Mistake 6Forgetting the Ground Rules
In normal conversation, it is human nature to interrupt, to nod or shake one’s head rather than respond verbally, and to answer questions with responses such as “uh-huh” or “nope.” Depositions are not normal conversations, however. The court reporter needs to take down the testimony. It is difficult for the reporter to record nonverbal responses or two people talking at once. Lawyers often start depositions by going through the ground rules, which are typically stated as follows:
Please make sure you understand the question before you answer.
If you don’t understand the question, ask that it be rephrased.
Wait until the question is finished before you give your answer.
Answer verbally rather than with a nod or shake of the head.
If the question asks for a “yes” or “no” answer, please answer “yes” or “no” as opposed to “uh-huh” or “nope” or a similar response.
Physicians who repeatedly fail to follow the ground rules do not make good witnesses.
Action Step Physicians should strive to follow the ground rules for depositions so that their testimony can be taken down clearly and accurately.
Mistake 7Guessing or Speculating
Physicians often get in trouble when they guess or speculate in response to deposition questions. This commonly occurs when a physician is asked whether he or she remembers a specific fact concerning the medical care that was provided to the patient. Physicians often don’t remember the specifics of treatment beyond that which appears in the chart, and many times the charting is less than complete. It is a mistake to guess or speculate based on what a physician thinks he or she may have done. Another common example is when a physician testifies concerning treatment that was provided by another physician or is otherwise outside the personal knowledge of the deponent. If the truthful answer is “I don’t know” or “I don’t remember,” then that should be the response.
Action Step Physicians should not guess or speculate when answering questions in a deposition. They should stick to their own personal knowledge or, when asked for opinion testimony, testify only as to the opinions they have formed to a reasonable degree of medical certainty.
Mistake 8 Volunteering Information Beyond the Question
Deposition questions should be answered directly and concisely. Physicians can create problems when they wander or ramble into areas beyond the question that was asked. A question that can be answered with a simple “yes” or “no” should not be followed up with a lengthy recitation of the reasons for the answer. It is the lawyer’s job to ask the appropriate follow-up questions, to seek explanations and reasons, to challenge the witnesses’ opinions, and so forth. Invariably, when physicians volunteer information that is not directly asked, it leads to even more questions, and they often end up being needlessly painted into a corner.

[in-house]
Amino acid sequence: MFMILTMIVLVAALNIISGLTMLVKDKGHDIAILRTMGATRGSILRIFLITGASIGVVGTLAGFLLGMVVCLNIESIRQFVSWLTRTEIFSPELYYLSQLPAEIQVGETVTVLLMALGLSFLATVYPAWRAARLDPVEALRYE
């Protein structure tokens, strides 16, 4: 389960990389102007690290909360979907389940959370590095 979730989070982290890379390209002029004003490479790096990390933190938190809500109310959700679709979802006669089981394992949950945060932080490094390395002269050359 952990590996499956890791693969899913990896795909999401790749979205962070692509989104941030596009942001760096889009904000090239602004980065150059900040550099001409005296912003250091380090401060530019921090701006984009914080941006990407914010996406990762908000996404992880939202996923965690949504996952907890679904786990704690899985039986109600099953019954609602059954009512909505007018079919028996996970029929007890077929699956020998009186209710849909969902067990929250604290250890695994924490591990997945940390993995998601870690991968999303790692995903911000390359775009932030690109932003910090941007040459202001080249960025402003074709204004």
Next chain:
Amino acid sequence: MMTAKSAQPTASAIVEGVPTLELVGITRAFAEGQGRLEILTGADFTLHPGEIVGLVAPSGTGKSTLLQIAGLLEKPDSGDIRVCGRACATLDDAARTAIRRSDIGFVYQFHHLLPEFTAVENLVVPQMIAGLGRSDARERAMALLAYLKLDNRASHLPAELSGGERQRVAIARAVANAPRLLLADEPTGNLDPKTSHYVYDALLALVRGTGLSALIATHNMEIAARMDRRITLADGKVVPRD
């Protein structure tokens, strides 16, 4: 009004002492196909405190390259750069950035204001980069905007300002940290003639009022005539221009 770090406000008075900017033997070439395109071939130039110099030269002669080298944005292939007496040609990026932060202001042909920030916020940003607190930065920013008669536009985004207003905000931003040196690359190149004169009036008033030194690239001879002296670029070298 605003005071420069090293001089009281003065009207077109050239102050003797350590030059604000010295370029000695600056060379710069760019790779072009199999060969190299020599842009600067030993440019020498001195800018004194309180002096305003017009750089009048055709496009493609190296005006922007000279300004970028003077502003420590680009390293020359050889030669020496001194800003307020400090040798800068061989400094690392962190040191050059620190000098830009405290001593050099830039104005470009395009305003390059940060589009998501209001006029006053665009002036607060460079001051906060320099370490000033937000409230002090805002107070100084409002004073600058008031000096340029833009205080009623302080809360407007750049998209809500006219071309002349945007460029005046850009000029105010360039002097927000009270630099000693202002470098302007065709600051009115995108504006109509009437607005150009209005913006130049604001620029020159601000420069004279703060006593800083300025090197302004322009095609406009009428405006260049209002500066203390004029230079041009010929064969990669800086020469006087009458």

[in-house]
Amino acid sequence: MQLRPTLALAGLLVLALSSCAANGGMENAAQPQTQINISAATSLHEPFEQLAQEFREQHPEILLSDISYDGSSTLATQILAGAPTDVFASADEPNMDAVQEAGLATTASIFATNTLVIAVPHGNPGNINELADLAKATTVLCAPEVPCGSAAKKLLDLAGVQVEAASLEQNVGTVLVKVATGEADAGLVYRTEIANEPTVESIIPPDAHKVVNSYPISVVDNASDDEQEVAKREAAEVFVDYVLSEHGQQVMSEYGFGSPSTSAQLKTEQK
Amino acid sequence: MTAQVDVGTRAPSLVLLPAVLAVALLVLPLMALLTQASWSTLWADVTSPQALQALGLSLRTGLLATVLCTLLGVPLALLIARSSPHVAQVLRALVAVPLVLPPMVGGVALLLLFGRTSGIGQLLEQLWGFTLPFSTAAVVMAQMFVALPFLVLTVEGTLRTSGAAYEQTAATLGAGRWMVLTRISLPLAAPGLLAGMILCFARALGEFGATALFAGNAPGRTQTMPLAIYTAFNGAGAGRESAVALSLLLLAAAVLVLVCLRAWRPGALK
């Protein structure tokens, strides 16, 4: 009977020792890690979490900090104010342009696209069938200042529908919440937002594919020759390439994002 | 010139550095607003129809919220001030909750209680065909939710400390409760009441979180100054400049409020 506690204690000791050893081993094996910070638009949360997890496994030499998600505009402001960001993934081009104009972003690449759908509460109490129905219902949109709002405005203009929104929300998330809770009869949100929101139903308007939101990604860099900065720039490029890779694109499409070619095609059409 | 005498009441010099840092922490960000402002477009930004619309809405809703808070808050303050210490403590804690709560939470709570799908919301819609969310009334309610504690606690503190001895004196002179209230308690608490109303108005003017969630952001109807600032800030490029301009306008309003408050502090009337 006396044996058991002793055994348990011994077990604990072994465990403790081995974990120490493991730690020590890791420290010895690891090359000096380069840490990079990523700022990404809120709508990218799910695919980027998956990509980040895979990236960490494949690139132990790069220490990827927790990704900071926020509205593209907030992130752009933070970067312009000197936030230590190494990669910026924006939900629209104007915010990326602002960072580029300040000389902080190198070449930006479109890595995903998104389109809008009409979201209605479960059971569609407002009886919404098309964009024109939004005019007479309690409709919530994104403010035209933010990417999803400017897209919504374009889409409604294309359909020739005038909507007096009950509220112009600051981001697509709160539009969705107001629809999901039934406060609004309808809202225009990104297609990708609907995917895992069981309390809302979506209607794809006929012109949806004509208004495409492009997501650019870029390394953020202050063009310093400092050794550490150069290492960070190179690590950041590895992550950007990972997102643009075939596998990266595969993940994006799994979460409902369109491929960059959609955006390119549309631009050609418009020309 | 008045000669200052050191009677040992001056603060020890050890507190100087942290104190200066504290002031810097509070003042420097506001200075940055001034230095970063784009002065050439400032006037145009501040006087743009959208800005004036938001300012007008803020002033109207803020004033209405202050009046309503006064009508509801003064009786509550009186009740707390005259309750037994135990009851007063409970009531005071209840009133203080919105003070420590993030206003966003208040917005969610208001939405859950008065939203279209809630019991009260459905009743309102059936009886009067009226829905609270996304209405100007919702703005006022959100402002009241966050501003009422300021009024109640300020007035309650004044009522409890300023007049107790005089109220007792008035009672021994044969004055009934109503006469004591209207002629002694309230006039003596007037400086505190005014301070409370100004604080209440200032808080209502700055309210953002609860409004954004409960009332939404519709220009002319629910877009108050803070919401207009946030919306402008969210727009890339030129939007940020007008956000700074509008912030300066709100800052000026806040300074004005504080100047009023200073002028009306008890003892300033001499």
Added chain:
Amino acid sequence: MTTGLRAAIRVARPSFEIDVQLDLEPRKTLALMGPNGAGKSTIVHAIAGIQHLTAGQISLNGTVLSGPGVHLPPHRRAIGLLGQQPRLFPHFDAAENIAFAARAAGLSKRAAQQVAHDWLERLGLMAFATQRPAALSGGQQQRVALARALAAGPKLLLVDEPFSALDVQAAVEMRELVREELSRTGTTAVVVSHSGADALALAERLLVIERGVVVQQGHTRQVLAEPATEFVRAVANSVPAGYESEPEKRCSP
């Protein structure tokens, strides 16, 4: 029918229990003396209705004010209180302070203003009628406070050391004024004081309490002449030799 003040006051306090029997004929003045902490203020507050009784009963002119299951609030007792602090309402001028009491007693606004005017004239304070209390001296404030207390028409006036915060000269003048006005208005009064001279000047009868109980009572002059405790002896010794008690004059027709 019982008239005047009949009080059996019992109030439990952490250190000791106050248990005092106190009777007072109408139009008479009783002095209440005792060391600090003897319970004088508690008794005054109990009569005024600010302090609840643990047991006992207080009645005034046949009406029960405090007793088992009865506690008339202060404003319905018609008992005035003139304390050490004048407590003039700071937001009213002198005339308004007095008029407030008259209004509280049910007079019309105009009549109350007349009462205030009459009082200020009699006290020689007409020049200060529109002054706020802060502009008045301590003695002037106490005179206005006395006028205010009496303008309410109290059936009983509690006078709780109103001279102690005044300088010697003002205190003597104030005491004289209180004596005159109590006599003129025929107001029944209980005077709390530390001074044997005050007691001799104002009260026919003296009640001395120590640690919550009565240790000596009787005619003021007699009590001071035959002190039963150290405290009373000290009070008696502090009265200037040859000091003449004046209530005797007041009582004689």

Action Step Physicians must answer deposition questions truthfully, but they should strive to keep their answers direct and to the point. They should avoid volunteering information that is not specifically requested by the deposing lawyer.
Mistake 9 Venturing Outside the Physician’s Area of Expertise
Lawyers often try to get physicians to comment in their deposition on matters that are outside of their area of expertise. Physicians should not take the bait. If, for example, a lawyer asks a family practice physician to interpret a patient’s MRI scan, the physician will be better served by answering, “You will need to ask a radiologist,” than by taking a crack at an answer, unless reviewing MRIs is part of the physician’s practice and experience. Physicians who testify outside of their area of expertise lose their credibility.
Action Step Physicians should avoid answering deposition questions in areas outside of their medical specialty.
Mistake 10 Becoming Hostile or Argumentative
Physicians often come under attack in depositions, particularly when they are defendants in malpractice cases. It can easily become a hostile or an argumentative atmosphere. Some lawyers intentionally create that kind of environment, hoping that the physician will say something against his or her better judgment. Although physicians, compared with deposing lawyers, have superior medical knowledge, it is a mistake to fight with a lawyer in a deposition. Physicians risk coming across as arrogant or rude, and worse yet, may say something that will come back to haunt them.
Action Step Physicians should strive to maintain a calm, professional demeanor during a deposition, and avoid any temptation to argue with the deposing lawyer.
Giving deposition testimony is a difficult task but one that most physicians will need to do during their career. For physicians who avoid these mistakes, the deposition process will be significantly less daunting than it may initially seem.
Written by: Wayne W. Carlson, Esq.
Peer reviewed by: Angela Elsperger Lord, Esq.